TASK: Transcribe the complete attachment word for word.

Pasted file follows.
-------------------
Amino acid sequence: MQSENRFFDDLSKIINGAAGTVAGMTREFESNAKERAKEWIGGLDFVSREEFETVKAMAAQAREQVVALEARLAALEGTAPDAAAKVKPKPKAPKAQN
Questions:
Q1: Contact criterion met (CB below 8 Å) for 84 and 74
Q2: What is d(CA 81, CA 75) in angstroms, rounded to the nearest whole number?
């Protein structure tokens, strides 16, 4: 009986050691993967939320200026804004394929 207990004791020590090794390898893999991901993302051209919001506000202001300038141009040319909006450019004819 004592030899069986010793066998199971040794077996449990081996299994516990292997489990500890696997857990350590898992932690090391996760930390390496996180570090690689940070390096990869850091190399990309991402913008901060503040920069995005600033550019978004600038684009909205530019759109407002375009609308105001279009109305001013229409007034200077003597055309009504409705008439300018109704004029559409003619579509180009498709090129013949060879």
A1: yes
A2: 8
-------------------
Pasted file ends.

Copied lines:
Amino acid sequence: MQSENRFFDDLSKIINGAAGTVAGMTREFESNAKERAKEWIGGLDFVSREEFETVKAMAAQAREQVVALEARLAALEGTAPDAAAKVKPKPKAPKAQN
Questions:
Q1: Contact criterion met (CB below 8 Å) for 84 and 74
Q2: What is d(CA 81, CA 75) in angstroms, rounded to the nearest whole number?
């Protein structure tokens, strides 16, 4: 009986050691993967939320200026804004394929 207990004791020590090794390898893999991901993302051209919001506000202001300038141009040319909006450019004819 004592030899069986010793066998199971040794077996449990081996299994516990292997489990500890696997857990350590898992932690090391996760930390390496996180570090690689940070390096990869850091190399990309991402913008901060503040920069995005600033550019978004600038684009909205530019759109407002375009609308105001279009109305001013229409007034200077003597055309009504409705008439300018109704004029559409003619579509180009498709090129013949060879």
A1: yes
A2: 8